I know that most of you have seen flutter happening. A great example is the tie-down straps on your trailer. They look good until you’re driving down the road. There in your rear-view mirror there’s the image of the straps just fluttering like mad.
Ok, you stop and tighten them down. Again driving at speed you see the straps still fluttering. If you’re observant you noticed the flutter frequency increased as the straps were tightened. With experience you’ve found that it is necessary to run the straps with a twist to eliminate strap flutter.
Putting that twist in the strap upsets the aerodynamics and usually only one twist is required to stop the flutter. Now, take a look at your rotor blade. It, like your tie-down strap, is longer than it is wide or thick and is usually metal or a combination of metal and composite.
The tie-down strap is usually nylon. Both strap and blade have characteristics that embody spring like behavior. However, your blades are stiffer than the straps. This causes them to have higher flutter frequency both in twist and flap.
Of course the higher the rotor rpm the stiffer and the higher the flutter frequency. Hopefully this flutter frequency it is out of range of any resonant frequencies of any other element of your ship.
That is, we don’t want some other part shaking at a frequency that will excite a flutter in the blade. Now to draw on the information gained by some folks who have made a much deeper study of the flutter phenomena. First a quick look at some different classes of airfoils.
It is easy to see that the airfoil is symmetrical about the chord line or the line connecting the furthest most tips. This airfoil has been used for a long time on helicopter rotor blades and for some competitive aerobatic aircraft.
Properly designed and constructed, there is a stabilizing effect on the rotor blades and an equal lift force, whether right-side up or up-side down, for the aerobatic aircraft. The stabilizing effect of the symmetrical will be discussed in more detail later.
The cambered airfoil is what is typically seen on the everyday fixed wing aircraft. It generates good lift and often benign stall characteristics.
Reflex Cambered Airfoil
This reflex cambered airfoil is being used on a lot of modern helicopters and in particular the Helicycle helicopter. The use on the Helicycle is the main reason for this article.
Center of Pressure
Before examining some of the aerodynamics of the various airfoils, let’s start out with a discussion of what has been called the Center of Pressure. If you have an airfoil in a wind tunnel and can measure the pressure at the surface of the air foil, you will find that it varies from the leading edge to the trailing edge.
It is possible to replace the pressure envelope with an equivalent single force located at the “Center of Pressure”, as illustrated in the graphic below.
Prouty says, (If you are interested in helicopters you will know who Prouty is) that “For all shapes with a sharp trailing edge, theory and experiment place the center of pressure near the quarter-chord.” e.g. for a blade that has an eight inch wide chord, the 1/4 chord is two inches aft of the leading edge.
In the symmetrical airfoil, the center of pressure and the chord wise c.g. of the blade were used in the blade design to compute expected pitch moments. These pitch moments coupled with the flapping stiffness of the blade helps in forecasting blade flutter characteristics.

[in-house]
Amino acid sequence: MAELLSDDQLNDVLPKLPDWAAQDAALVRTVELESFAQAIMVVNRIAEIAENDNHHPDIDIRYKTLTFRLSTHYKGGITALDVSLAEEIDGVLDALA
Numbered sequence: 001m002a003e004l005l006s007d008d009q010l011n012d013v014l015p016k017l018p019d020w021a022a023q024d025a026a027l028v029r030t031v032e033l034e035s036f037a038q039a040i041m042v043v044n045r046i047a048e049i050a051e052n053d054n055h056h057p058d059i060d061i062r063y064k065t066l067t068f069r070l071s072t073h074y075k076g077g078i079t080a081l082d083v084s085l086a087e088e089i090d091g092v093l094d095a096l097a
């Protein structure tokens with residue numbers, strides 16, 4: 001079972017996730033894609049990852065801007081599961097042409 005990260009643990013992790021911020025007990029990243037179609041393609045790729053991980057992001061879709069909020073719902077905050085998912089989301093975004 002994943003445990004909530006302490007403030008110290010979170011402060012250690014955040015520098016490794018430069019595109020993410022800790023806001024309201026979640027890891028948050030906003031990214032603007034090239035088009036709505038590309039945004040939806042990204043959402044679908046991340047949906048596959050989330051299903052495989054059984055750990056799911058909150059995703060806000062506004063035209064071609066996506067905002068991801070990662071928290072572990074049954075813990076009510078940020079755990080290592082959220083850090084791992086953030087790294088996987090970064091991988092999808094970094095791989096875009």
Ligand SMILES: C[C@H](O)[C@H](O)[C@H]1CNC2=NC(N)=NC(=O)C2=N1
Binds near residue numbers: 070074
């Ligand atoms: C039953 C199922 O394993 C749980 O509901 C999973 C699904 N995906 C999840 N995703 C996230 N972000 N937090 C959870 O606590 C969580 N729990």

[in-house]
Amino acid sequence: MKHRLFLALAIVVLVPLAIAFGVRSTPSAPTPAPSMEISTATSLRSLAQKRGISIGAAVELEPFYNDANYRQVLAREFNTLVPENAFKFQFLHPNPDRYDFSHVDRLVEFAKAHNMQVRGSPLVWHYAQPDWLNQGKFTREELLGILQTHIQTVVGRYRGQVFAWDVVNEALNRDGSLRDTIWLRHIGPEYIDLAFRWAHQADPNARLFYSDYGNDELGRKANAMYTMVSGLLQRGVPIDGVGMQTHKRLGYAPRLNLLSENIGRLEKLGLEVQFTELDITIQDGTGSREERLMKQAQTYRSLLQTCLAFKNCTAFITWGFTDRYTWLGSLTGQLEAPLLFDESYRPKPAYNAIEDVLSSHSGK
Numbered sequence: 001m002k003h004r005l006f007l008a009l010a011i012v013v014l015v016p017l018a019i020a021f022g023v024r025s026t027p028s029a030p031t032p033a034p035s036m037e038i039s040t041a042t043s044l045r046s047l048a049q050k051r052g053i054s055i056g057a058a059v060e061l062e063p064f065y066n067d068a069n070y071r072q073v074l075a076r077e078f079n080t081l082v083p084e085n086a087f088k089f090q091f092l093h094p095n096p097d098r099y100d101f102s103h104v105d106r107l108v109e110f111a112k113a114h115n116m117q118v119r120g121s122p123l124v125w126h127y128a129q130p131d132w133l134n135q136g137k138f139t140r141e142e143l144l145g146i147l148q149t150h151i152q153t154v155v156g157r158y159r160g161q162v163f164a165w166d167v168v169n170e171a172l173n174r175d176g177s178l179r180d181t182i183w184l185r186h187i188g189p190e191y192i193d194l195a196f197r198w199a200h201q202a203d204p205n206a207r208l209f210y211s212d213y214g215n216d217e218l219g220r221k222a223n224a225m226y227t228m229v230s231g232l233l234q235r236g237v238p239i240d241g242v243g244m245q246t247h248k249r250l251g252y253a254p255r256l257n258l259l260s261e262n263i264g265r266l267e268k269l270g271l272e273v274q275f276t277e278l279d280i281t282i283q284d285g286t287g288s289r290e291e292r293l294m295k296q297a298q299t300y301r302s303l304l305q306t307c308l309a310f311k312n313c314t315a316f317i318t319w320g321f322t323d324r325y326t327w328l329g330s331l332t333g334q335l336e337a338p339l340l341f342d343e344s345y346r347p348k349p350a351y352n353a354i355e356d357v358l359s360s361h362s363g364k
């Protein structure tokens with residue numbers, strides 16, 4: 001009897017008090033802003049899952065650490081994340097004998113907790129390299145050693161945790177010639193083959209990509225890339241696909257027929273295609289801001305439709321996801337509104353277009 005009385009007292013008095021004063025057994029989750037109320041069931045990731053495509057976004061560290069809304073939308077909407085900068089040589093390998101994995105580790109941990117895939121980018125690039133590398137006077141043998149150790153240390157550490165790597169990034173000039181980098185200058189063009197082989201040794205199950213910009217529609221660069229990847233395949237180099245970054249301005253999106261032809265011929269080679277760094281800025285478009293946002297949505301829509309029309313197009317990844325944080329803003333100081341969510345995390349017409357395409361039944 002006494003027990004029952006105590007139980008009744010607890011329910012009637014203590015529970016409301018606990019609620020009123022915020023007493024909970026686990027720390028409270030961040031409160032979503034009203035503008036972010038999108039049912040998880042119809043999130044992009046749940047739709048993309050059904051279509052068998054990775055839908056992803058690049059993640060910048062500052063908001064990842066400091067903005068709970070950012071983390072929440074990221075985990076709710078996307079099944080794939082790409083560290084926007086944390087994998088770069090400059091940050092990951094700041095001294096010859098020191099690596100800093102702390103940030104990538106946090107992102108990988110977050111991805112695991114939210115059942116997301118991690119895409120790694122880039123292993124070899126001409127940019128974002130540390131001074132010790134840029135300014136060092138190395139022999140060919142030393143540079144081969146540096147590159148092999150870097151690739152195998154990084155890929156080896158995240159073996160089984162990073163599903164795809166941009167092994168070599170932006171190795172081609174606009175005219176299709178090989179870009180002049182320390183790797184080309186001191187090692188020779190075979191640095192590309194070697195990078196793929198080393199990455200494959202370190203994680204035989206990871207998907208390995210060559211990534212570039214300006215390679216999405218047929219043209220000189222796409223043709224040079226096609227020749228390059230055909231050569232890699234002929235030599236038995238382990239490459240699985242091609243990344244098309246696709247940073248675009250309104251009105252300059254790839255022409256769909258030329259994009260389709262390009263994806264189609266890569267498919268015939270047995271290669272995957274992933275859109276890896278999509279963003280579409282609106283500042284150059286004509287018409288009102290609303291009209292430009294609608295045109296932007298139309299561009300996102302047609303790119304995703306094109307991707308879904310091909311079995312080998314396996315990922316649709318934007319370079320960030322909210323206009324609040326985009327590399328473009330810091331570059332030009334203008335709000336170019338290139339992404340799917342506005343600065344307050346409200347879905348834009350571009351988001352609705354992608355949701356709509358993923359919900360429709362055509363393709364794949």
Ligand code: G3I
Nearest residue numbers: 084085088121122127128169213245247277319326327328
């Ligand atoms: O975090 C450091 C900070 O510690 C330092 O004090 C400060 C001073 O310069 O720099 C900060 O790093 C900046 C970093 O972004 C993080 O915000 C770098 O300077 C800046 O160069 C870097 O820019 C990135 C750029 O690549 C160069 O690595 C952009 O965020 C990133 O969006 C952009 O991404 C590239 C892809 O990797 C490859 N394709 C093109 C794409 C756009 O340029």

Note: The chord-wise c. g. is the point located aft of the leading edge where the blade would balance on a pointed rod, supporting the blade at that point. If the point is also at the spanwise c. g. then the entire blade would balance at that point, on the tip of that pointed rod.
Of course your tie-down strap is in fact a symmetrical airfoil with a c. g. at the 1/2 chord. Keep this in mind for a discussion that is taken up a bit later.
For a symmetrical blade, with the chord wise c. g. located on the quarter-chord, and since the center of pressure is co-located and doesn’t move as a function of the angle of attack, essentially zero aerodynamic pitching moments are generated on the blade for all angles of attack of the blade short of stall.
The result is a normally stable blade as far as flutter is concerned. The center of pressure has long been used as the center of lift or the single lifting force that is the equivalent of the lift being generated by the wing. The symmetrical airfoil at zero degree angle of attack would generate zero lift.
The pressure profiles are identical both above and below the airfoil. Their resulting center of pressure, both above and below, occurs at the 1/4 chord point and zero pitching moment is generated.
It is easy to see that this airfoil is not symmetrical about the chord line but has a significant cambered shape above when compared with the camber below. The Cambered airfoils behaved aerodynamically differently from their symmetrical cousins.
These forms produce a nose down pitching moment, even for the zero angle of attack. Assumptions were made that the moment was produced by lift acting on a moment arm extending aft from the normally used quarter-chord point.
With this assumption calculations could be made to find a “Center of Pressure”. This of course didn’t explain the nose down pitching moment in the presence of zero lift, and is therefore a problem that Prouty said, “led to the conclusion that cambered airfoils are unstable”.
According to him, this conclusion is still existent in current readings like Chapter 2 of the newly-issued FAA Rotorcraft Flying Handbook (2011). Prouty recommends a better visual model of recognizing that the “Aerodynamic Center” is defined as the point for which the pitching moment is constant for all angles of attack, up to and not including, blade stall